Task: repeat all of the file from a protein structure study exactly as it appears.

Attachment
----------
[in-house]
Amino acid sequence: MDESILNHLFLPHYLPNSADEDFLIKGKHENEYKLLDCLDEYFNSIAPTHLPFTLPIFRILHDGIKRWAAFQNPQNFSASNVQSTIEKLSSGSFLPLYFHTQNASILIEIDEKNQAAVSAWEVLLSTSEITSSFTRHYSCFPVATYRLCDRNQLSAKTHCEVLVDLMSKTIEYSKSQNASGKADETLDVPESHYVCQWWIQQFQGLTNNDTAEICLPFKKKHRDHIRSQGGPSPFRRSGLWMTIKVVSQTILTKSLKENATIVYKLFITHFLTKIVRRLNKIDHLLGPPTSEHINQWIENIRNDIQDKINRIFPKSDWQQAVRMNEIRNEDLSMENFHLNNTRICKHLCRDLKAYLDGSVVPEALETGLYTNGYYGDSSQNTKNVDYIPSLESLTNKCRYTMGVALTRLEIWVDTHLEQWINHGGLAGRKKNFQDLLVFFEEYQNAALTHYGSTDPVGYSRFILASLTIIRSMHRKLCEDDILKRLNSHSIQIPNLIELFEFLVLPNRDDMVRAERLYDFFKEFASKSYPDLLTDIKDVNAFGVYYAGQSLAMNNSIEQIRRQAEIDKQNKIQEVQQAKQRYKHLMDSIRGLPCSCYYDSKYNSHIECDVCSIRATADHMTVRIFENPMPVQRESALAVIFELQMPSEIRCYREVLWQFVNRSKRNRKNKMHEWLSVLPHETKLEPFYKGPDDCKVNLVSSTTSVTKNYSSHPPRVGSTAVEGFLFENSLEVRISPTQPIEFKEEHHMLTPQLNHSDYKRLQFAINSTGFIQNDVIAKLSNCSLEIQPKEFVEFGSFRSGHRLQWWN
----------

[in-house]
Amino acid sequence: MDESILNHLFLPHYLPNSADEDFLIKGKHENEYKLLDCLDEYFNSIAPTHLPFTLPIFRILHDGIKRWAAFQNPQNFSASNVQSTIEKLSSGSFLPLYFHTQNASILIEIDEKNQAAVSAWEVLLSTSEITSSFTRHYSCFPVATYRLCDRNQLSAKTHCEVLVDLMSKTIEYSKSQNASGKADETLDVPESHYVCQWWIQQFQGLTNNDTAEICLPFKKKHRDHIRSQGGPSPFRRSGLWMTIKVVSQTILTKSLKENATIVYKLFITHFLTKIVRRLNKIDHLLGPPTSEHINQWIENIRNDIQDKINRIFPKSDWQQAVRMNEIRNEDLSMENFHLNNTRICKHLCRDLKAYLDGSVVPEALETGLYTNGYYGDSSQNTKNVDYIPSLESLTNKCRYTMGVALTRLEIWVDTHLEQWINHGGLAGRKKNFQDLLVFFEEYQNAALTHYGSTDPVGYSRFILASLTIIRSMHRKLCEDDILKRLNSHSIQIPNLIELFEFLVLPNRDDMVRAERLYDFFKEFASKSYPDLLTDIKDVNAFGVYYAGQSLAMNNSIEQIRRQAEIDKQNKIQEVQQAKQRYKHLMDSIRGLPCSCYYDSKYNSHIECDVCSIRATADHMTVRIFENPMPVQRESALAVIFELQMPSEIRCYREVLWQFVNRSKRNRKNKMHEWLSVLPHETKLEPFYKGPDDCKVNLVSSTTSVTKNYSSHPPRVGSTAVEGFLFENSLEVRISPTQPIEFKEEHHMLTPQLNHSDYKRLQFAINSTGFIQNDVIAKLSNCSLEIQPKEFVEFGSFRSGHRLQWWN